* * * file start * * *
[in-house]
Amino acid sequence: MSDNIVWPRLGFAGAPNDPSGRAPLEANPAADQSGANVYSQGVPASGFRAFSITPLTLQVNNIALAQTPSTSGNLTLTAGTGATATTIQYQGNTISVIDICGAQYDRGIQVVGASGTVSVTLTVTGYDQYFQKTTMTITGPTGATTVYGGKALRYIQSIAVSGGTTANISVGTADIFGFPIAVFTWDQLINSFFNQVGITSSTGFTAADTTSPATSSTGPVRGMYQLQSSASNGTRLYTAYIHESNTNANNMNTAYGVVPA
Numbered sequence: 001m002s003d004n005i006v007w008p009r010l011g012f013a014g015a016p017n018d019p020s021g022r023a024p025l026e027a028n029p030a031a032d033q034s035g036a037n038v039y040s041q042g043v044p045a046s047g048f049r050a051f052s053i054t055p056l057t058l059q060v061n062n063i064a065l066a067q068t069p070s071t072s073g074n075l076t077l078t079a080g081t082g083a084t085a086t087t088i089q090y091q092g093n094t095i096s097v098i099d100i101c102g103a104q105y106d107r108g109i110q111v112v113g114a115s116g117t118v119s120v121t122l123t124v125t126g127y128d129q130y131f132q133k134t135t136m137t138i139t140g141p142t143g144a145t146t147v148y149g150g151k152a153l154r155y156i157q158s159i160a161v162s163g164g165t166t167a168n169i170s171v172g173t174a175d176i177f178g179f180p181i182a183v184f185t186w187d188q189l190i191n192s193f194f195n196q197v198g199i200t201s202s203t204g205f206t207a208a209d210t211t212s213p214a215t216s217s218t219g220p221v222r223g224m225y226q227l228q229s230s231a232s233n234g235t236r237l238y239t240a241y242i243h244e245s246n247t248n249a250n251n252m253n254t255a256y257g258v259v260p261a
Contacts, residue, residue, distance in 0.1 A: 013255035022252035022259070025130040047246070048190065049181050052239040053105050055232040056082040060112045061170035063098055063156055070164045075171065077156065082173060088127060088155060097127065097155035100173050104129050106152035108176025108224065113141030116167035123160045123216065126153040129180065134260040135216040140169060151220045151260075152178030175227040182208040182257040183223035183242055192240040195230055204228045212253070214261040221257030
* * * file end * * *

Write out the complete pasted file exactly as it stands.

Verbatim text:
[in-house]
Amino acid sequence: MSDNIVWPRLGFAGAPNDPSGRAPLEANPAADQSGANVYSQGVPASGFRAFSITPLTLQVNNIALAQTPSTSGNLTLTAGTGATATTIQYQGNTISVIDICGAQYDRGIQVVGASGTVSVTLTVTGYDQYFQKTTMTITGPTGATTVYGGKALRYIQSIAVSGGTTANISVGTADIFGFPIAVFTWDQLINSFFNQVGITSSTGFTAADTTSPATSSTGPVRGMYQLQSSASNGTRLYTAYIHESNTNANNMNTAYGVVPA
Numbered sequence: 001m002s003d004n005i006v007w008p009r010l011g012f013a014g015a016p017n018d019p020s021g022r023a024p025l026e027a028n029p030a031a032d033q034s035g036a037n038v039y040s041q042g043v044p045a046s047g048f049r050a051f052s053i054t055p056l057t058l059q060v061n062n063i064a065l066a067q068t069p070s071t072s073g074n075l076t077l078t079a080g081t082g083a084t085a086t087t088i089q090y091q092g093n094t095i096s097v098i099d100i101c102g103a104q105y106d107r108g109i110q111v112v113g114a115s116g117t118v119s120v121t122l123t124v125t126g127y128d129q130y131f132q133k134t135t136m137t138i139t140g141p142t143g144a145t146t147v148y149g150g151k152a153l154r155y156i157q158s159i160a161v162s163g164g165t166t167a168n169i170s171v172g173t174a175d176i177f178g179f180p181i182a183v184f185t186w187d188q189l190i191n192s193f194f195n196q197v198g199i200t201s202s203t204g205f206t207a208a209d210t211t212s213p214a215t216s217s218t219g220p221v222r223g224m225y226q227l228q229s230s231a232s233n234g235t236r237l238y239t240a241y242i243h244e245s246n247t248n249a250n251n252m253n254t255a256y257g258v259v260p261a
Contacts, residue, residue, distance in 0.1 A: 013255035022252035022259070025130040047246070048190065049181050052239040053105050055232040056082040060112045061170035063098055063156055070164045075171065077156065082173060088127060088155060097127065097155035100173050104129050106152035108176025108224065113141030116167035123160045123216065126153040129180065134260040135216040140169060151220045151260075152178030175227040182208040182257040183223035183242055192240040195230055204228045212253070214261040221257030